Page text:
Non-Standard Game Over: Taking the oath to be accepted into the Wizards' Institute of Technocery. You get the best education imaginable and become a knowledgeable and accomplished Wizard, but you spend about twenty years doing so, dooming the land of Shapeir you left behind.
Scary Scorpions: Giant, larger-than-a-man scorpions that can One-Hit Kill you with a stinger to the chest if they grab you in their pincers, though this can be avoided by taking pills bought from the apothecary.
Scenery Censor: In Raseir, you meet Zayishah, a woman who wishes to escape the city dressed as you. You offer her a spare set of clothes and she steps behind a gauzy veil to change. It provides just enough obscurity, unless you use a certain Easter Egg.
Something Else Also Rises: When Zayishah is changing into your spare set of clothes, a long note that slowly rises in volume is played (it's more easily heard in the AGDI remake).
The Dev Team LovesHorrible Puns: Typing "put down lamp" nets the same result as "use lamp," but a funnier message, in which your character insults the lamp thoroughly. Typing "drop lamp" plays it if as if you're breaking off your relationship with the lamp, with several fire-based puns.
The Maze: Shapeir is a sprawling city, with numerous side-streets, dead-ends, and important locations hidden within. The game provides you with a map that shows the streets themselves, but doesn't show the important locations. If you ask for directions, you'll be told the names of the streets you need to follow to get where you're going. You can also buy a (non-magical) map that shows all the locations you've been to, and allows fast travel to any of them within the city.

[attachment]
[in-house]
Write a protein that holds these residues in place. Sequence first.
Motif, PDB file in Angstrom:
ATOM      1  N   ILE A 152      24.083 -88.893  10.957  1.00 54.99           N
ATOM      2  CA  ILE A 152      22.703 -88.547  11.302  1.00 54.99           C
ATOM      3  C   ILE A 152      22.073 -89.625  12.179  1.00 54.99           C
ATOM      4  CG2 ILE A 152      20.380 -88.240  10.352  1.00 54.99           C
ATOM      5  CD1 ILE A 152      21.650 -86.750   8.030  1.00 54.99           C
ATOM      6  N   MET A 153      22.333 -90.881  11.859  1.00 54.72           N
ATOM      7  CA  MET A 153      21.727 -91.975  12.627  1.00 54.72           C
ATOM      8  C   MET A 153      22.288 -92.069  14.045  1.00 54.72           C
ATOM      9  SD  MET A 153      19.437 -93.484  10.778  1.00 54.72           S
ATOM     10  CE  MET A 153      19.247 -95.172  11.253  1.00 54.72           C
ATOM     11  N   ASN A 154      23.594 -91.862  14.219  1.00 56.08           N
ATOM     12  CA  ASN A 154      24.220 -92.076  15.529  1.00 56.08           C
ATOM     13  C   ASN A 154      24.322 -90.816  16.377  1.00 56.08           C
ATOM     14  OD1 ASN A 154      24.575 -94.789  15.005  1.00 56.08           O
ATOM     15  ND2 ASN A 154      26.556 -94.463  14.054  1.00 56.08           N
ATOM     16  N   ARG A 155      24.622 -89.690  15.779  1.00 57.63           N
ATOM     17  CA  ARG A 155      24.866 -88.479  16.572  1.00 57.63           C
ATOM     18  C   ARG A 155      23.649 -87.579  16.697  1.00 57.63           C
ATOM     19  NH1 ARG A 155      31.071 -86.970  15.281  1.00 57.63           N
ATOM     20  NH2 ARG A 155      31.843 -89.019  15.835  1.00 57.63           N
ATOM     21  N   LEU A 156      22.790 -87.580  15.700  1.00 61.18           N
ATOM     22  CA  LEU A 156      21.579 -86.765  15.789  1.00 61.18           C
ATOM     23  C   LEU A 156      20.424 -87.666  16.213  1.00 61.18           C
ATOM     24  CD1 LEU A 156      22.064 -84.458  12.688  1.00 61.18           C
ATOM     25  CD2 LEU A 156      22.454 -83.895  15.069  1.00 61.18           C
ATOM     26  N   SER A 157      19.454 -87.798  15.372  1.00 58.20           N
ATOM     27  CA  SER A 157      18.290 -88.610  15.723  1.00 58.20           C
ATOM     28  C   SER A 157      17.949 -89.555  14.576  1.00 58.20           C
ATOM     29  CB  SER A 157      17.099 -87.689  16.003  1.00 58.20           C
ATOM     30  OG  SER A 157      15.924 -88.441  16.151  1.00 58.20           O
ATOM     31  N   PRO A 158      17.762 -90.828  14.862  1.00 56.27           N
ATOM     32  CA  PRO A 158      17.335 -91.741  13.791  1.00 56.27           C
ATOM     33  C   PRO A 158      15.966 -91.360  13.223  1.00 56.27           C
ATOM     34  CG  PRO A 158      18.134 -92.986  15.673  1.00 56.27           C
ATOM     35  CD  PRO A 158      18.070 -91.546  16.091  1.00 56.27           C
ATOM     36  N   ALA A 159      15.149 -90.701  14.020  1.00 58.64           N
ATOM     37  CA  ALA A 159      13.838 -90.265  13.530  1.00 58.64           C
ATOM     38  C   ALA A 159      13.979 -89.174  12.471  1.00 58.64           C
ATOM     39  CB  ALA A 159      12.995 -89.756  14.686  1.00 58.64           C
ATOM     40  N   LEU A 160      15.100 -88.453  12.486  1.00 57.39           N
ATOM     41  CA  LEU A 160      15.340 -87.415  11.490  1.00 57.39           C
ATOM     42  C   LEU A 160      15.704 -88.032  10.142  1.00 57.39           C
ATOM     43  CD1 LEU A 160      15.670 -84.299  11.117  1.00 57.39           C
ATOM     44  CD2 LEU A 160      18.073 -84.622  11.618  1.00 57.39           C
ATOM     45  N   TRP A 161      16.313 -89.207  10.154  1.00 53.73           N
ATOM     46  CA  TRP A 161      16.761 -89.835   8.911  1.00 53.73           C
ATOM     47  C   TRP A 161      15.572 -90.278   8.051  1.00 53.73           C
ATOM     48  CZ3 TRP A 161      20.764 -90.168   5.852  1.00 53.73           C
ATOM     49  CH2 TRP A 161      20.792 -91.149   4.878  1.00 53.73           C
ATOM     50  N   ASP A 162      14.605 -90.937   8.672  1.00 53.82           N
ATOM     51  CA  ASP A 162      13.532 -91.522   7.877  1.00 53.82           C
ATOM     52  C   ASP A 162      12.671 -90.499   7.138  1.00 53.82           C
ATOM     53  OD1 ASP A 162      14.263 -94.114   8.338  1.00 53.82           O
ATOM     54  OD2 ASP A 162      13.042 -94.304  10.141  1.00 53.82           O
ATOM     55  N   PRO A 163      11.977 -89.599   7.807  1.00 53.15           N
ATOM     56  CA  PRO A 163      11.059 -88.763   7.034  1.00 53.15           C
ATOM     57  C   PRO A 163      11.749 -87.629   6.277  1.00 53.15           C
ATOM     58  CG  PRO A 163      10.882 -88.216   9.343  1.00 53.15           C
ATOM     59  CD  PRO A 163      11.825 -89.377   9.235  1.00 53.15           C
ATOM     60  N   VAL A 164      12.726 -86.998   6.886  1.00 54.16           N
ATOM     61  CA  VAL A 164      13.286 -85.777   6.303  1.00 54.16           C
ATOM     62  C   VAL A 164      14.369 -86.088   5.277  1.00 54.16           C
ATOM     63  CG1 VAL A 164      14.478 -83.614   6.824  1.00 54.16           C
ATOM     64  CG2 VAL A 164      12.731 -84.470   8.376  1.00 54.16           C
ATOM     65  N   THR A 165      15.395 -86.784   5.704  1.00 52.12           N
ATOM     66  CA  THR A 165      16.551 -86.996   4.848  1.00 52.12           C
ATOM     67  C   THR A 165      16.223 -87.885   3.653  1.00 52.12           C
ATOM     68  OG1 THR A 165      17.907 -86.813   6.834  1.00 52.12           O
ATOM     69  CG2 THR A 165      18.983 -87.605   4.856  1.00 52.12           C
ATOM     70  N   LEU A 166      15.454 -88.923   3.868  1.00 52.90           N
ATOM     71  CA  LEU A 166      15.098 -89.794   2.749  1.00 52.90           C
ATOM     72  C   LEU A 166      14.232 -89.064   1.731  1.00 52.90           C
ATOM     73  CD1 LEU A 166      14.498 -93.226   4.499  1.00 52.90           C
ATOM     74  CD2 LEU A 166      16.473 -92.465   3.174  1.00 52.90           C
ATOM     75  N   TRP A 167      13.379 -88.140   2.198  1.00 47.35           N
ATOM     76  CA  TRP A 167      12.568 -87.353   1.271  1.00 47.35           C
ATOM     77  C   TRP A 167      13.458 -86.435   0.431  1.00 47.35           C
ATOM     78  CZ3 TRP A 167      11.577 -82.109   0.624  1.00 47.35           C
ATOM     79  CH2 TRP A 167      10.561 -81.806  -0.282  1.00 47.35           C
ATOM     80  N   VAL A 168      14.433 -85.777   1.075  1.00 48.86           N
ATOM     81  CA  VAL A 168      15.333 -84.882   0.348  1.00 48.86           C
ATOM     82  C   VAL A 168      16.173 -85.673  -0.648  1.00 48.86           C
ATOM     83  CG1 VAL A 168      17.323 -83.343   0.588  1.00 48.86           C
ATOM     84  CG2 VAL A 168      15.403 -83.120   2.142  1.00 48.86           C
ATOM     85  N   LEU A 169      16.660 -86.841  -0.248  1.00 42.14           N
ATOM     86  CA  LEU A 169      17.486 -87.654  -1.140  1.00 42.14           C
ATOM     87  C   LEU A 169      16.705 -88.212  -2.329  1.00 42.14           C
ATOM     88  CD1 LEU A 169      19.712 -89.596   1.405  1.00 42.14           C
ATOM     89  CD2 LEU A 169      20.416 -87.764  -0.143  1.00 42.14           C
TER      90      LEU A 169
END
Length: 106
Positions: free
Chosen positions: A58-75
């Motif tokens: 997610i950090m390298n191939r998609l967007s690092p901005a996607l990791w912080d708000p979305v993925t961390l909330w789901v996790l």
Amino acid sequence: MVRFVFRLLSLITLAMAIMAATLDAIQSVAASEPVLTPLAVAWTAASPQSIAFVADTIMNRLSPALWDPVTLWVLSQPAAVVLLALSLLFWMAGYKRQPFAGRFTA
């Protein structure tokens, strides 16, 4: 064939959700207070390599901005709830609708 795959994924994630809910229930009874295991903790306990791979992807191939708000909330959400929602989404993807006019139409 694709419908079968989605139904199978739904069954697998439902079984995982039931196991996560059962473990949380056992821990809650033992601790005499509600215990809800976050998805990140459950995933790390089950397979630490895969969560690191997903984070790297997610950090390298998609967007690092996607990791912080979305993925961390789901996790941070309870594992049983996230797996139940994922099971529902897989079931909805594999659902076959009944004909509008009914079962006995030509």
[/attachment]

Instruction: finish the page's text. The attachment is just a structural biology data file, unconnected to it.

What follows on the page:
Raseir, being a mirror of Shapeir, has exactly the same layout, but you have to turn the map upside down for it to make sense.
The Shapeirian Desert averts this, however, as it has only four important locations throughout the course of the story, and the directions to find them are straightforward.
Thirsty Desert: It is possible to die of thirst while wandering the desert. Don't forget to fill your water skin.
In the remake, your character does one whenever he wins a battle. The exact animation depends on your class. Rakeesh and Uhura have one too if they beat you in training.
The fighter has a unique one when winning the EOF battle with the two-handed sword. The sword twirl and pose afterwards were a rough imitation of Cloud's victory pose.
Wizarding School: The Wizard's Institute of Technocery. Characters capable of using magic can go there, pass their tests, and gain acceptance into the school. However, actually choosing to attend the school is a Non-Standard Game Over, since the four masters that administer the tests all insist that you remain at W.I.T. and study for about 20 years before rejoining the rest of the world, and they want you to start immediately (and of course, if you choose to stay, Shapeir is destroyed because you weren't there to save it). Refuse and the masters get miffed, but Erasmus congratulates you on making the better choice, because how are you going to make a difference in the world when you're stuck at W.I.T. and not putting your magic to good use?